We’ve been spotting robins in the park for a few weeks now, but apparently the true rush of birds flying north for the summer has yet to begin. The New York City Audubon Society, which celebrates International Migratory Bird Day with the 21st Annual Birdathon on May 14th, is preparing for our winged visitors by recruiting for its Project Safe Flight (mentioned here yesterday), which sends volunteers out in the wee hours to rescue birds who have flown smack into windows: often they fall to the curb, stunned but not dead, and are swept up by cleaners before they have a chance to come to!

pigeon.jpgWe feel sorry for the warblers but must point out that that’s what happens sometimes when small birds haven’t had sufficient warning about the big city. Our favorite cosmopolitan avian is the star of Don’t Let the Pigeon Drive the Bus! and The Pigeon Finds a Hot Dog!, among other books. If you work with little people or even have some of your own, you are probably familiar with The Pigeon. If you are not, you should go to the bookstore to take a peek and enjoy Mo Willems’s hilarious and energetic drawings. Entertain your friends and co-workers by learning to draw The Pigeon yourself! Willems, who worked for Sesame Street for many years, is also the author of such books asTime to Pee! and Knuffle Bunny: A Cautionary Tale. Knuffle Bunny, the story of a little girl who loses her stuffed rabbit at the laundromat, features cartoon characters whose adventures unfold against photographs of their brownstone Brooklyn neighborhood, which happens to be where Willems lives.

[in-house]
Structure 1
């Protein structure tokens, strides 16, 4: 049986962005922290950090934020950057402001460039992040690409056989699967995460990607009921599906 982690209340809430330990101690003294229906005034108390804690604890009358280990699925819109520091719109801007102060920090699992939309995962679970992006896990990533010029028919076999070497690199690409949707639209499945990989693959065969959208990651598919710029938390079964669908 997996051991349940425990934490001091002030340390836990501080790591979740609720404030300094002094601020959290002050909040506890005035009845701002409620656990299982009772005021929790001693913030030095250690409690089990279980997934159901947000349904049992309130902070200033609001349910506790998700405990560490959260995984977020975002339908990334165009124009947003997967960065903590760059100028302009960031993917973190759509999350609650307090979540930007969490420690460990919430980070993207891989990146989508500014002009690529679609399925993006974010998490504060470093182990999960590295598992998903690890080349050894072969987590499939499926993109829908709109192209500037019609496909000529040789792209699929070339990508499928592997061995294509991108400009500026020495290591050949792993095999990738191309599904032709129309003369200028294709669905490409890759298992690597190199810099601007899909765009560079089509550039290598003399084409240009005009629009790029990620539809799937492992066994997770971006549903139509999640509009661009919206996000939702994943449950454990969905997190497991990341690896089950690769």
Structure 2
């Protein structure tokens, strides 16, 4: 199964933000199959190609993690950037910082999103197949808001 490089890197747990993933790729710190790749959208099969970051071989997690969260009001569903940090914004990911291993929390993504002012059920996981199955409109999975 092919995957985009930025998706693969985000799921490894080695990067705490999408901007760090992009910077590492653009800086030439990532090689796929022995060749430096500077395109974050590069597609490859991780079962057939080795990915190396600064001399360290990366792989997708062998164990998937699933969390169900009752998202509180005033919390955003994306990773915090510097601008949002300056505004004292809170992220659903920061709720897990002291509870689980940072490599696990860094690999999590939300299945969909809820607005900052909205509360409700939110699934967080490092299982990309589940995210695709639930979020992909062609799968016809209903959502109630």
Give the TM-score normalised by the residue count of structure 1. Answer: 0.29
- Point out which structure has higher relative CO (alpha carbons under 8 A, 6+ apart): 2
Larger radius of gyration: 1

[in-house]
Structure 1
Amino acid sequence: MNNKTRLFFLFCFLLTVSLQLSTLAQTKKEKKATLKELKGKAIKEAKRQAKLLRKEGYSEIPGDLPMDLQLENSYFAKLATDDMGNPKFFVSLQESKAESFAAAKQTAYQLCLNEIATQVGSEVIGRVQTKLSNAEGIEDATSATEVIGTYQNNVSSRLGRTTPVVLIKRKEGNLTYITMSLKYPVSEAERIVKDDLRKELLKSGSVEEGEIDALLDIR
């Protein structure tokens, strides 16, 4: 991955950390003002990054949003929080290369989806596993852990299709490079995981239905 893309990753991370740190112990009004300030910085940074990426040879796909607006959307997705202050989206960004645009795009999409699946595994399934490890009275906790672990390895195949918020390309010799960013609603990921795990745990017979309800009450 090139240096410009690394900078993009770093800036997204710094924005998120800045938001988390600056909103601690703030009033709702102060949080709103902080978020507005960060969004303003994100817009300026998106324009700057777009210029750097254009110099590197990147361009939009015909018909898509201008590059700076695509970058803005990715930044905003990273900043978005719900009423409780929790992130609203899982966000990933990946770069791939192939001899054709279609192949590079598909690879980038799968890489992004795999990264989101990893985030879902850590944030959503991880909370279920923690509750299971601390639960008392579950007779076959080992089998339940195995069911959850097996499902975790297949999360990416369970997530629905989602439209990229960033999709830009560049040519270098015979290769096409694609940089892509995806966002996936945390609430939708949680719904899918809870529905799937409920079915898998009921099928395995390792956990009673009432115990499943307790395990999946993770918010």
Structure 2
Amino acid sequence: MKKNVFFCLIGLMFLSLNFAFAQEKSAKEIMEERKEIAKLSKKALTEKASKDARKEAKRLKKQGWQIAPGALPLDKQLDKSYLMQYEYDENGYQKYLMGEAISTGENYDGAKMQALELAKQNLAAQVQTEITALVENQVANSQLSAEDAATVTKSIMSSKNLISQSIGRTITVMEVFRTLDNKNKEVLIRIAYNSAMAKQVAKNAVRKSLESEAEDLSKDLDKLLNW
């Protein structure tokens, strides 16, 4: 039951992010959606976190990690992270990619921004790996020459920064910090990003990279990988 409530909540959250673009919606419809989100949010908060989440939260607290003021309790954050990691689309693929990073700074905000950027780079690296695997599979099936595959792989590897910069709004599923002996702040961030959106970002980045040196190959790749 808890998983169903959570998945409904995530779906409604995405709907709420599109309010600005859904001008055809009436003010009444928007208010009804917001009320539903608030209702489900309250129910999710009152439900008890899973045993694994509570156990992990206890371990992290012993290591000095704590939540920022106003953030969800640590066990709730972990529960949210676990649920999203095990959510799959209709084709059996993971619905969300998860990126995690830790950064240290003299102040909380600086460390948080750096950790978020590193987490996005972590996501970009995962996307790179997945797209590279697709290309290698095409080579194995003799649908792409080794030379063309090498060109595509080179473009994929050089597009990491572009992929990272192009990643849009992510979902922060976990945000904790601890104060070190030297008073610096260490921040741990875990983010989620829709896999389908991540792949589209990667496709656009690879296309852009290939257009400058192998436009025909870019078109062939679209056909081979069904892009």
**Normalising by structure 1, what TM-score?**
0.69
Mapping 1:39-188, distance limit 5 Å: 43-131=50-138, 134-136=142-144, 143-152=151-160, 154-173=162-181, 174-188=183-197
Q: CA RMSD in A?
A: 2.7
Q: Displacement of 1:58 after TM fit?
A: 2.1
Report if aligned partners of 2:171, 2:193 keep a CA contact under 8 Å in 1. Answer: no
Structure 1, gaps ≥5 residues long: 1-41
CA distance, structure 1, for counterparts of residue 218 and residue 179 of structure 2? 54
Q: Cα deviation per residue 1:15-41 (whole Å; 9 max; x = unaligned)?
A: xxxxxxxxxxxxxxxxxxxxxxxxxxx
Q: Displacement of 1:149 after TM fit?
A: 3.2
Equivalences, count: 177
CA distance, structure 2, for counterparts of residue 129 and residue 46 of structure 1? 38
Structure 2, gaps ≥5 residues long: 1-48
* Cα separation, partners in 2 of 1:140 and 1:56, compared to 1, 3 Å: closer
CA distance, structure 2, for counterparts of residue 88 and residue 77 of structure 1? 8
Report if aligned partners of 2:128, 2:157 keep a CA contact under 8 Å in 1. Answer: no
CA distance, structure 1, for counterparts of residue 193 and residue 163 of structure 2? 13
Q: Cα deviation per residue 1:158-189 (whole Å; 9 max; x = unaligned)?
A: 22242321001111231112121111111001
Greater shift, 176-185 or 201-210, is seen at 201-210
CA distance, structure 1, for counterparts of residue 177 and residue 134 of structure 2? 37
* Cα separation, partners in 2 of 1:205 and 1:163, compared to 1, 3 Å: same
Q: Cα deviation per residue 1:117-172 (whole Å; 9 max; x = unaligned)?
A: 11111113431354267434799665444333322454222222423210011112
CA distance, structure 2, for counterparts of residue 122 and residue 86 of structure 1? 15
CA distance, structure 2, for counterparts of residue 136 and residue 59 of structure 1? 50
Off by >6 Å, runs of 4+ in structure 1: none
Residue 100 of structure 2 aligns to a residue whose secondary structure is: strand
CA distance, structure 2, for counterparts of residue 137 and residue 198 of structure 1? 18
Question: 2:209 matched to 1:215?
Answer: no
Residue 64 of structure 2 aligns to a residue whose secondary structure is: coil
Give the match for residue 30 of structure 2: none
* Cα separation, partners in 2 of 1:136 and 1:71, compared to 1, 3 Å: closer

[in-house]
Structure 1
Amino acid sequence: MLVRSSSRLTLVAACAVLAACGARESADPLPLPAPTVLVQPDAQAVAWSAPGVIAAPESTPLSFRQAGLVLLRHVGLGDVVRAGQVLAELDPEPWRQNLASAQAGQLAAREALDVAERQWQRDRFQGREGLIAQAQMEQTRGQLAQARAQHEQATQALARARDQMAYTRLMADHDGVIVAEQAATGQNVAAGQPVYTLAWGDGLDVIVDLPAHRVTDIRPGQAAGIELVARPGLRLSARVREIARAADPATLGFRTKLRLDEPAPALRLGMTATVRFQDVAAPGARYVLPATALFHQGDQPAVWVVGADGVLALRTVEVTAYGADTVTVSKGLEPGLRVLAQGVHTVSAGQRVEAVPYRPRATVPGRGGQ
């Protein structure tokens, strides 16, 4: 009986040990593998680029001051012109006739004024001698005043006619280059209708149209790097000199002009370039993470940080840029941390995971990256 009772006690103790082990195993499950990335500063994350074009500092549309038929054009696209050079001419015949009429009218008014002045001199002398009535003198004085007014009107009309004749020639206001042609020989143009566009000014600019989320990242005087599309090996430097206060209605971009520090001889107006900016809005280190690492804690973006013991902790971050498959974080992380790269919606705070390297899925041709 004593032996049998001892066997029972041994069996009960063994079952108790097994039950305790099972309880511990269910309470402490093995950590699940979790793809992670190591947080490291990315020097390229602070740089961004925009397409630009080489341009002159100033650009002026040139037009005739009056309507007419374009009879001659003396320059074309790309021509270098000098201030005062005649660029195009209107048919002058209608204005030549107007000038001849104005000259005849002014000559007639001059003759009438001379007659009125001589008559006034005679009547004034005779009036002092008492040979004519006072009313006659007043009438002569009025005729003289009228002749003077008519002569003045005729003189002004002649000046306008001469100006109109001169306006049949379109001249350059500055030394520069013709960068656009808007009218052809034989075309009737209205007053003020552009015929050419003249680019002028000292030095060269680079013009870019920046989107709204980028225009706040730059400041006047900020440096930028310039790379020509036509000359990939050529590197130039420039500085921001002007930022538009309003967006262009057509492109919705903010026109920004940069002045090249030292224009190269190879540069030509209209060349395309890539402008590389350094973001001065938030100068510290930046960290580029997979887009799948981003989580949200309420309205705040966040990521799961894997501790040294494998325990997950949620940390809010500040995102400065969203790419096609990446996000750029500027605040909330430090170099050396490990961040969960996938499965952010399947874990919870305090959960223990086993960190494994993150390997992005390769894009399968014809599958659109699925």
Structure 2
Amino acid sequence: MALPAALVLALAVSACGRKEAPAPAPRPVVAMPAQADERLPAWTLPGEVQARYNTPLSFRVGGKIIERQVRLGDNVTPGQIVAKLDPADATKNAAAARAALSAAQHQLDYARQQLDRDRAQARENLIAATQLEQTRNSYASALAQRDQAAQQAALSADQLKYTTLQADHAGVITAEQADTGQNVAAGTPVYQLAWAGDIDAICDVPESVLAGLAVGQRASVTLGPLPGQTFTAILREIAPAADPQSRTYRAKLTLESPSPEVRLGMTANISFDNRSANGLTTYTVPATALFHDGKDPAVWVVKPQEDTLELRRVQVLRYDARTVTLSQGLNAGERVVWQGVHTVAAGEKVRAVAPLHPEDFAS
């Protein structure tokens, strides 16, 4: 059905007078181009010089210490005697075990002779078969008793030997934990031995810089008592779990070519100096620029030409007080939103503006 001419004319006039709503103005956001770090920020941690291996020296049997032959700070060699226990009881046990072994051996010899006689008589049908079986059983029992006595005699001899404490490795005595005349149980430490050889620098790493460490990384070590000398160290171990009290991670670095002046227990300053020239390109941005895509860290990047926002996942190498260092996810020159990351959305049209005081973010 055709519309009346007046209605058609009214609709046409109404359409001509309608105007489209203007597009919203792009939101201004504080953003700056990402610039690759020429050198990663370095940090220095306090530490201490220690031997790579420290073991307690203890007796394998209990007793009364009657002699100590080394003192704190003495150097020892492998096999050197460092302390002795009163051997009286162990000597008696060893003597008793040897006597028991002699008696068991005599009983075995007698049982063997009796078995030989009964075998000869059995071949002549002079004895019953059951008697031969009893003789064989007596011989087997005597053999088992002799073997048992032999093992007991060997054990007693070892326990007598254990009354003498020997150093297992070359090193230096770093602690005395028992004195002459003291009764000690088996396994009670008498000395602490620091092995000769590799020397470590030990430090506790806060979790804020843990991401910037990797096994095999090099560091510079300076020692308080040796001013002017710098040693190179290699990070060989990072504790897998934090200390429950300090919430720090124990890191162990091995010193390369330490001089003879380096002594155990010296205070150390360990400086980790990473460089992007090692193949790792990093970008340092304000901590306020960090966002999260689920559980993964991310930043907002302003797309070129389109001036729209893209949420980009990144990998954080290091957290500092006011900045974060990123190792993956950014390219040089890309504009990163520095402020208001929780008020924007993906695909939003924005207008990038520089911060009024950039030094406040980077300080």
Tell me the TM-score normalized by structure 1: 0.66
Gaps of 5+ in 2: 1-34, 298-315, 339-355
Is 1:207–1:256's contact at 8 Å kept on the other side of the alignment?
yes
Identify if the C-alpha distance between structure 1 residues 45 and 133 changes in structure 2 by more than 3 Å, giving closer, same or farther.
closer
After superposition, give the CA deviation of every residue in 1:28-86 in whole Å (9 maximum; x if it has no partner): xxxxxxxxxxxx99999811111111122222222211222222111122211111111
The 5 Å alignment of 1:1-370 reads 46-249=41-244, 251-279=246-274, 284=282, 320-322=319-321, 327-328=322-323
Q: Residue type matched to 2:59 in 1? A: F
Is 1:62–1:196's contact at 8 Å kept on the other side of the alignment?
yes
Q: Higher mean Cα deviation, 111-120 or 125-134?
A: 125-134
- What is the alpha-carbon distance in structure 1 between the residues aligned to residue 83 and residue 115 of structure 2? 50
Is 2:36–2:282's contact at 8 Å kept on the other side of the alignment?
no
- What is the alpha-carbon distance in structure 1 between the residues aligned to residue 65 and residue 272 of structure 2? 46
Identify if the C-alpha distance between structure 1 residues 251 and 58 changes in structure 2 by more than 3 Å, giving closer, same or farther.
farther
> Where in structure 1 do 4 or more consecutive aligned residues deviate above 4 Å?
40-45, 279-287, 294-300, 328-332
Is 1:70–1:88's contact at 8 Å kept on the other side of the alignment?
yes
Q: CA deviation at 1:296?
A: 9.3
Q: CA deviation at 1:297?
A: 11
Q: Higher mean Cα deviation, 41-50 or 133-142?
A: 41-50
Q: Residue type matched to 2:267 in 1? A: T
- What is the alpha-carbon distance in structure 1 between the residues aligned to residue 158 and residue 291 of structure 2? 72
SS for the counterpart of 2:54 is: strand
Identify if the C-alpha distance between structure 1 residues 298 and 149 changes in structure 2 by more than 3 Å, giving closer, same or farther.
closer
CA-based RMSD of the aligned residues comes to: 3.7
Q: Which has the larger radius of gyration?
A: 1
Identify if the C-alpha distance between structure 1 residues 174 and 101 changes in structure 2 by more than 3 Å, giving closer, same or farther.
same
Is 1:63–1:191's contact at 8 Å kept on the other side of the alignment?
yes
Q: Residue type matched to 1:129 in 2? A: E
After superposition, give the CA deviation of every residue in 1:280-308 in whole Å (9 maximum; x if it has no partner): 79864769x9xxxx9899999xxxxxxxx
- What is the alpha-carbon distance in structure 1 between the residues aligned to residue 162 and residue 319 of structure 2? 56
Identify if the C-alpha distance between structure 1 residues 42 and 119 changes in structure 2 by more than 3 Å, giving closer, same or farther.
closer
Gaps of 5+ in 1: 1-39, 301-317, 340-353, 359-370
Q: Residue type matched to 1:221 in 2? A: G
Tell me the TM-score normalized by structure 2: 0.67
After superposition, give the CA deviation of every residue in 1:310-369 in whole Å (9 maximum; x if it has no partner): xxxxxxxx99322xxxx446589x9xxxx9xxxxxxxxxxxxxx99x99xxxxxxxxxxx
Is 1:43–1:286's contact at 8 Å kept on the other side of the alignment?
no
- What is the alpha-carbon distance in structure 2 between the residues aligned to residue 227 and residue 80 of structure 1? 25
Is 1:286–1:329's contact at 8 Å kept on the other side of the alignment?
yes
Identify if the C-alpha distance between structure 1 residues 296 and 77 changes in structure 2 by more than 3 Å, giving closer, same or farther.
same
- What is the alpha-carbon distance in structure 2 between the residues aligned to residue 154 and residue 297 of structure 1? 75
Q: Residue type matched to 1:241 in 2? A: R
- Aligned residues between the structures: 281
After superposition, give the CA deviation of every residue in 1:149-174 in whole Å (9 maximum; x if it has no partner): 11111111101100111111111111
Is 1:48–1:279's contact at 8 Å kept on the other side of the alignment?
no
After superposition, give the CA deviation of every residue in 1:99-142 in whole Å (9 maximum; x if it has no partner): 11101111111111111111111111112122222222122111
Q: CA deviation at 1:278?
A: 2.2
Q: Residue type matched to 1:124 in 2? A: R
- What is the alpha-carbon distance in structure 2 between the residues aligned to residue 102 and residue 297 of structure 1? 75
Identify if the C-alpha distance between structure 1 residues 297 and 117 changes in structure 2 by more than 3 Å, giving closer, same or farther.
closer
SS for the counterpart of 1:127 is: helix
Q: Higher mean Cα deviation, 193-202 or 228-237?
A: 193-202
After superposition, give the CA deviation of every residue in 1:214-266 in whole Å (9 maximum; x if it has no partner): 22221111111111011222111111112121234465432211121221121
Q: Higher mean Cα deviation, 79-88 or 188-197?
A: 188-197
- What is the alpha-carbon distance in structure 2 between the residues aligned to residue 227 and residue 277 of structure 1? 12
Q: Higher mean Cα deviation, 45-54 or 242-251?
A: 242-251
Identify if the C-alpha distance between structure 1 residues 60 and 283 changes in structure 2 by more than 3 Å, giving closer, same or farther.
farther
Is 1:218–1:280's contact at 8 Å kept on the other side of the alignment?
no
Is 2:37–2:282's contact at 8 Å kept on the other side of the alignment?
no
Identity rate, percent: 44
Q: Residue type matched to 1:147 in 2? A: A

parrot_book.jpgIt would be remiss of us not to point you in the direction of another hot bird title for spring, Mrs. Ballard’s Parrots. At $16.95 (even less on Amazon), it is the most reasonably priced hardcover collection of full-color photographs of intricately staged tableaux starring glamorously costumed live parrots we have ever come across. As Isaac Mizrahi’s back-cover blurb has it, “I was slightly jealous that these creatures had a better sense of style than me and a better sense of drag than any drag queen out there.” Inside you will find a Dean Martin parrot surrounded by a bevy of lady dolls, hairy-chested parrots in the boxing ring, Bonnie and Clyde parrots, and even parrots on their honeymoon. The very short introduction by Arne Svenson, the photographer into whose hands Alba Ballard’s photographs fell (via—we are not making this up—Elizabeth Taylor), is a charming testament to Internet-enabled serendipities, but words just can’t compete with pictures like these.